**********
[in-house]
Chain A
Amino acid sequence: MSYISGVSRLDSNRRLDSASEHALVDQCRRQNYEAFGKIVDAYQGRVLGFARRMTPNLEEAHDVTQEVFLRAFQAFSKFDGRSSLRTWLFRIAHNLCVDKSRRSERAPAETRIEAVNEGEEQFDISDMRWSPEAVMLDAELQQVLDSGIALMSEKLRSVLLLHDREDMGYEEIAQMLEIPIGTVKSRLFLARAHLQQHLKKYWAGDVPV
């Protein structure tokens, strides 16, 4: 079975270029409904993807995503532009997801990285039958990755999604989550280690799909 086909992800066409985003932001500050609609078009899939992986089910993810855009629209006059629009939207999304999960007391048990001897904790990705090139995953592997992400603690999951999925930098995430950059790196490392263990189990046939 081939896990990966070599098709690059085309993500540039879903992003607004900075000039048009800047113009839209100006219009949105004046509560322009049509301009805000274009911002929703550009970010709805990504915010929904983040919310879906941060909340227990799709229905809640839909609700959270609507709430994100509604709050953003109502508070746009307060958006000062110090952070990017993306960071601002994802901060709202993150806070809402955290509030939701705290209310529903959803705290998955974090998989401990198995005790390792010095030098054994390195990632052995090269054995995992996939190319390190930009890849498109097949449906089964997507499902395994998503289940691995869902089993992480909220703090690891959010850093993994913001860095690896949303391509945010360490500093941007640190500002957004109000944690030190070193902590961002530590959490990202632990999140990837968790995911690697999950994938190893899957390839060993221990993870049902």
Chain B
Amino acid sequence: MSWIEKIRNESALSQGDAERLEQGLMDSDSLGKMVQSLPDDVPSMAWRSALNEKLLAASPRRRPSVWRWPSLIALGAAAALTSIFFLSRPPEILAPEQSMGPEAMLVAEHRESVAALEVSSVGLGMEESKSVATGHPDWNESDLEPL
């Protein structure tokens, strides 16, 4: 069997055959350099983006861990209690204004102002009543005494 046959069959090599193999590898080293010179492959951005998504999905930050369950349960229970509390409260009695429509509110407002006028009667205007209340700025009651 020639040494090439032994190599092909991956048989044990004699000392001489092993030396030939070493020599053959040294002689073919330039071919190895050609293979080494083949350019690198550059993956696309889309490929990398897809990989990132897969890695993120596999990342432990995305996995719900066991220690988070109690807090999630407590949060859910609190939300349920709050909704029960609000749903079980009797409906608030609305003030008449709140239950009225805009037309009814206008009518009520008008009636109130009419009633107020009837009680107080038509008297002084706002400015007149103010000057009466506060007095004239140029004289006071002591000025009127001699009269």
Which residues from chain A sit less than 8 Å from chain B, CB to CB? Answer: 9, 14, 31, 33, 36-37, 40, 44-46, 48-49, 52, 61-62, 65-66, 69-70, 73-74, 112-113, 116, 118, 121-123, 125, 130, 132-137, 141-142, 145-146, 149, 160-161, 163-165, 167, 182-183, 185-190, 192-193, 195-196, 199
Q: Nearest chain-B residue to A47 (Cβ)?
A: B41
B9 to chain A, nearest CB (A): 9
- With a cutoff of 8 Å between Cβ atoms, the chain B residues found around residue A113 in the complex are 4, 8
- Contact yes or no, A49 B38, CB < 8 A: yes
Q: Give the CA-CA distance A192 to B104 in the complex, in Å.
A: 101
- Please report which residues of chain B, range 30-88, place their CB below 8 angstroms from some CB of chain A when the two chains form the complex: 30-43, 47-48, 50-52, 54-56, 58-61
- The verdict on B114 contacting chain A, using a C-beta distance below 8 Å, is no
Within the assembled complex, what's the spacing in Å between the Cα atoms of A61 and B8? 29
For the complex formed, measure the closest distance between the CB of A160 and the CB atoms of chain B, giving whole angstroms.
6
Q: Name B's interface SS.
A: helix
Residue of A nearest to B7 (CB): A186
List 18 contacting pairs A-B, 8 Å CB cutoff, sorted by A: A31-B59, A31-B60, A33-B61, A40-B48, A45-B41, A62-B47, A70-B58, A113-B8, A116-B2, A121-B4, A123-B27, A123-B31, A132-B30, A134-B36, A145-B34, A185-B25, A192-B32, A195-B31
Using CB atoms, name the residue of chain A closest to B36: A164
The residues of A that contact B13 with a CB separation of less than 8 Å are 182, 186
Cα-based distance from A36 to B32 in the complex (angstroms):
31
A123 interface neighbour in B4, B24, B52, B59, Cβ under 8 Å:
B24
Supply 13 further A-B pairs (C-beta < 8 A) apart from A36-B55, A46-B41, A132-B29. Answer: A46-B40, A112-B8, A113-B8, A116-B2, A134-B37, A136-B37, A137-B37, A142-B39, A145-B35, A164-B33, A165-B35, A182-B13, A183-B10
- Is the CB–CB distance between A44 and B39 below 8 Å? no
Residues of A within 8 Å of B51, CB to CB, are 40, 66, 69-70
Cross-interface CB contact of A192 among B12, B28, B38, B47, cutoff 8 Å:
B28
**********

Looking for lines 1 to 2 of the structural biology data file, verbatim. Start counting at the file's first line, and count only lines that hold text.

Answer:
[in-house]
Chain A